Summer in north Florida is miserable. It’s hot, humid, and rainy. I think that throughout the summer half the county population escapes to the North Carolina mountains for a week to cool off.
But not me… I prefer the mountains of the West. And, I don’t like to travel during the peak summer season. Prices are too high. More importantly, the probability of a close encounter of the third kind with the most aggravating vacation spoiler – young children – is too high. So I suffer as I plan an escape in the Fall.
But, summer has one redeeming aspect. It’s watermelon season! And I love watermelon!
At one time, the adjacent county was a watermelon king. Over 80 growers cultivating hundreds of acres. Each year in June, there’s a watermelon festival complete with a Watermelon Queen and plenty of big, juicy, cheap melons.
Not sure what happened, but I read that there are now only about four growers left in that county and the acreage has plummeted. The Watermelon Festival continues, mainly as a tourist event. I don’t attend any more.
I’m convinced that decreased watermelon cultivation in the adjacent county has contributed to price creep. Last weekend, the local grocery store wanted $6 for a modestly-sized seedless watermelon. But only fools or the truly desperate (or lazy) buy a watermelon from the grocery.
In these parts, you buy a watermelon from the back of a trailer located on the side of the road. And with July 4th coming up, I needed my first melon of the season.
The watermelon gods were with me Wednesday afternoon as I was driving on a business trip. On the drive out, I spotted a trailer with melons advertised at 2 for $5. I was hoping my co-worker would buy one so we could get the deal; otherwise, it was likely that just one melon would be $3.
But rather than stop and buy the melon immediately, I wanted to scout for other opportunities. Besides, I didn’t want that melon possibly damaged by rolling around in the trunk for two 50-miles drives.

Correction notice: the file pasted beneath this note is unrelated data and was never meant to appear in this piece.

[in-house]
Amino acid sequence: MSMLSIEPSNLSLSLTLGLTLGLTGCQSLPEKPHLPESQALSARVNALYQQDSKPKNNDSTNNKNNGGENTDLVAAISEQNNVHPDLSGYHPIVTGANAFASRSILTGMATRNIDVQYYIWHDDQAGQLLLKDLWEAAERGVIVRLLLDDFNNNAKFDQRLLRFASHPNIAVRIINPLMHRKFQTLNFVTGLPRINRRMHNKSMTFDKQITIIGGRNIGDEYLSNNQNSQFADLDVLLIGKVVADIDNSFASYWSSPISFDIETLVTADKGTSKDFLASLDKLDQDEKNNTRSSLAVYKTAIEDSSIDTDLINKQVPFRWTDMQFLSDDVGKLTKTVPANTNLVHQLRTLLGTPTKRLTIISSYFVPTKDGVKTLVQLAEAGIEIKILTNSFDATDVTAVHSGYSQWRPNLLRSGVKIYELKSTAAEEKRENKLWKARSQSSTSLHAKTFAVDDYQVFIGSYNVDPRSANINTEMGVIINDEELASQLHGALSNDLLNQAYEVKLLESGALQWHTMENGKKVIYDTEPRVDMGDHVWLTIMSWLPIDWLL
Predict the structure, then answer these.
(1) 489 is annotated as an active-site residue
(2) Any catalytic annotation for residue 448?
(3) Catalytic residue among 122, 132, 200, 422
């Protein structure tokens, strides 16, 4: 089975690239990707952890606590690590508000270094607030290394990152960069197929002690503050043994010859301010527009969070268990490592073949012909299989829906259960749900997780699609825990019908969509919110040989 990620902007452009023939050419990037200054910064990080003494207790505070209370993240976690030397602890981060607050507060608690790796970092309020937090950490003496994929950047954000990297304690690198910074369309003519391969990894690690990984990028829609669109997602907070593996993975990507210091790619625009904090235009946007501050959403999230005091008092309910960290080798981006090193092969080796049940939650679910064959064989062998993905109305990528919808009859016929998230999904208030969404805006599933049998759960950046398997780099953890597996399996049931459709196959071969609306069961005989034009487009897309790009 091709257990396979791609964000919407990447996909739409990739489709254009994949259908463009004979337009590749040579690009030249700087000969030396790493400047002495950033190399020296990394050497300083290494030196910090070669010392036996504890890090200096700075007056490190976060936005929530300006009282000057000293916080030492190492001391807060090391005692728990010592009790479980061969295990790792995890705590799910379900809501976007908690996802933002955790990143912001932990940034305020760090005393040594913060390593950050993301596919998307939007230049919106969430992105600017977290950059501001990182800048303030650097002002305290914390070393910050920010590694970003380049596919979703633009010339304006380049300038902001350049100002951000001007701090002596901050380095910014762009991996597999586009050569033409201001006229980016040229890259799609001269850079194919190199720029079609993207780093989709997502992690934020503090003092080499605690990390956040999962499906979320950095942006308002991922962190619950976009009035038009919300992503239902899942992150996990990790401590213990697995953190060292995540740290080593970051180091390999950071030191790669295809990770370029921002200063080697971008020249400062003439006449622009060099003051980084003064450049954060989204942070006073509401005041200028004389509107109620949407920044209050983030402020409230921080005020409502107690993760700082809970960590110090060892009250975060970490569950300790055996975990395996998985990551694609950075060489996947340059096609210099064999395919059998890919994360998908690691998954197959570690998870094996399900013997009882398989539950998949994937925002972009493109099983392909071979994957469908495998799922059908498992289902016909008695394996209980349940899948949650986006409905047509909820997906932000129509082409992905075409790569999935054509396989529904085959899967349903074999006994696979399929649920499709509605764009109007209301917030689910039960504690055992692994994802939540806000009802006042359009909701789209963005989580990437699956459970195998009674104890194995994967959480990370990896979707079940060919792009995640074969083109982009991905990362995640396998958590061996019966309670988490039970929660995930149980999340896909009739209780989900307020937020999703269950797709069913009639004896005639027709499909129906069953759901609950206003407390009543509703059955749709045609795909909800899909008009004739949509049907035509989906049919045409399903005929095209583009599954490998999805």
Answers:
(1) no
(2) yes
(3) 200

During the trip, I spotted a few other watermelon trailers but I didn’t like the looks of the melons’ sizes. So as we came back into the town, we pulled over by the trailer I spotted on the way out.
My co-worker didn’t want to buy a melon and so I resigned myself to paying $3. That’s the upper limit I’m willing to pay.
I was lucky. These just happened to be the red seedless variety. I have no problem with seeded melons; that’s what I grew up on. There were no yellow (unthinkable) or seedless versions back then.
Talking with the teen who was selling the melons, I learned he and his uncle had come up from Chiefland, over 50 miles southeast. That’s a big watermelon producing area. Competition down there is fierce; melons are as cheap as $1.
So they came up here to see if they could get a better price. I suggested that his location was not very good. If he went down the road about five miles, he’d come to the State of Florida Office complex, where a good 2,000 folks pour out at 5 PM. His eyes widened at that number. He’d only sold about 50 melons the whole day.
This weekend, I’m celebrating the red, white, and blue. I’m gonna gorge myself on red seedless melon right down to the white rind until I’m blue in the face!
Enjoy your 4th!
P.S. Speaking of “the City,” I’ve finalized plans to celebrate Susie’s 60th birthday in September with a trip to “the City”…New York City. I snagged a Southwest fare sale from Jacksonville to La Guardia for $200 roundtrip, including all taxes. Staying at a new County Inn and Suites in Queens, one block from the Queensboro Plaza subway station and just a few stops away from Midtown Center and the southern end of Central park. By prepaying, I got a rate a rate of $82 with breakfast, a great deal for NYC.